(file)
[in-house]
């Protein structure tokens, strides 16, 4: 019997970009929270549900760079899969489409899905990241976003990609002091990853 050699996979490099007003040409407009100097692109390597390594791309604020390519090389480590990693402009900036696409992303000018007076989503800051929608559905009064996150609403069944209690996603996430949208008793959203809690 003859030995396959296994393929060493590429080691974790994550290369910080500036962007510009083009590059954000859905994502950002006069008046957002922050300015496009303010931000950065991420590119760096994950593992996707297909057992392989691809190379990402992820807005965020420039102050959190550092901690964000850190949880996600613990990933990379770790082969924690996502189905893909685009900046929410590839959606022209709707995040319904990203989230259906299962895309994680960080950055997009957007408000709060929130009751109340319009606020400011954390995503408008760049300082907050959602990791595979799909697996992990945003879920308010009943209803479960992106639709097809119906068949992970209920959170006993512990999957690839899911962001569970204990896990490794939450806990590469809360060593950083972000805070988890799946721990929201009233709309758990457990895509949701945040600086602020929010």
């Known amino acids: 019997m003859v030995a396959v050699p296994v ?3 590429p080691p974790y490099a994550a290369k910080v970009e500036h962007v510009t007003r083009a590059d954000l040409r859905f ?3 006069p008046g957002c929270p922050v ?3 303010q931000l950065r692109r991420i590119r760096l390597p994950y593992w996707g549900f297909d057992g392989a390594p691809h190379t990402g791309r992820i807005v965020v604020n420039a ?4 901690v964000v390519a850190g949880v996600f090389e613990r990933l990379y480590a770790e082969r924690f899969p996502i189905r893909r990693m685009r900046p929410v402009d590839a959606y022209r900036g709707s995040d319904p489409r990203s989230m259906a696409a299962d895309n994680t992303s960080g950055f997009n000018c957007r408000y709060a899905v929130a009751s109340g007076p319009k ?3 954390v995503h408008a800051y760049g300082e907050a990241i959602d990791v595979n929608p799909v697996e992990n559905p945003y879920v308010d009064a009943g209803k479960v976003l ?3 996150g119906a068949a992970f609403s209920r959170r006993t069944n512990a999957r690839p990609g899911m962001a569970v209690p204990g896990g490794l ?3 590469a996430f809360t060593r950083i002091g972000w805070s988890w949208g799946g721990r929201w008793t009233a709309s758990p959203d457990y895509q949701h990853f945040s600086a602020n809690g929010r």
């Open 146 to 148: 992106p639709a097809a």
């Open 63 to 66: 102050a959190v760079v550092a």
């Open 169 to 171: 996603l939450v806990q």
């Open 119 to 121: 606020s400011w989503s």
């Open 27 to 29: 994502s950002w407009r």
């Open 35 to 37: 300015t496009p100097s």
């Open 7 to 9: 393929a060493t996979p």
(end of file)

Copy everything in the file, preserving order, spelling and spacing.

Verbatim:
[in-house]
């Protein structure tokens, strides 16, 4: 019997970009929270549900760079899969489409899905990241976003990609002091990853 050699996979490099007003040409407009100097692109390597390594791309604020390519090389480590990693402009900036696409992303000018007076989503800051929608559905009064996150609403069944209690996603996430949208008793959203809690 003859030995396959296994393929060493590429080691974790994550290369910080500036962007510009083009590059954000859905994502950002006069008046957002922050300015496009303010931000950065991420590119760096994950593992996707297909057992392989691809190379990402992820807005965020420039102050959190550092901690964000850190949880996600613990990933990379770790082969924690996502189905893909685009900046929410590839959606022209709707995040319904990203989230259906299962895309994680960080950055997009957007408000709060929130009751109340319009606020400011954390995503408008760049300082907050959602990791595979799909697996992990945003879920308010009943209803479960992106639709097809119906068949992970209920959170006993512990999957690839899911962001569970204990896990490794939450806990590469809360060593950083972000805070988890799946721990929201009233709309758990457990895509949701945040600086602020929010």
């Known amino acids: 019997m003859v030995a396959v050699p296994v ?3 590429p080691p974790y490099a994550a290369k910080v970009e500036h962007v510009t007003r083009a590059d954000l040409r859905f ?3 006069p008046g957002c929270p922050v ?3 303010q931000l950065r692109r991420i590119r760096l390597p994950y593992w996707g549900f297909d057992g392989a390594p691809h190379t990402g791309r992820i807005v965020v604020n420039a ?4 901690v964000v390519a850190g949880v996600f090389e613990r990933l990379y480590a770790e082969r924690f899969p996502i189905r893909r990693m685009r900046p929410v402009d590839a959606y022209r900036g709707s995040d319904p489409r990203s989230m259906a696409a299962d895309n994680t992303s960080g950055f997009n000018c957007r408000y709060a899905v929130a009751s109340g007076p319009k ?3 954390v995503h408008a800051y760049g300082e907050a990241i959602d990791v595979n929608p799909v697996e992990n559905p945003y879920v308010d009064a009943g209803k479960v976003l ?3 996150g119906a068949a992970f609403s209920r959170r006993t069944n512990a999957r690839p990609g899911m962001a569970v209690p204990g896990g490794l ?3 590469a996430f809360t060593r950083i002091g972000w805070s988890w949208g799946g721990r929201w008793t009233a709309s758990p959203d457990y895509q949701h990853f945040s600086a602020n809690g929010r």
């Open 146 to 148: 992106p639709a097809a």
């Open 63 to 66: 102050a959190v760079v550092a």
């Open 169 to 171: 996603l939450v806990q």
């Open 119 to 121: 606020s400011w989503s």
């Open 27 to 29: 994502s950002w407009r």
């Open 35 to 37: 300015t496009p100097s």
């Open 7 to 9: 393929a060493t996979p």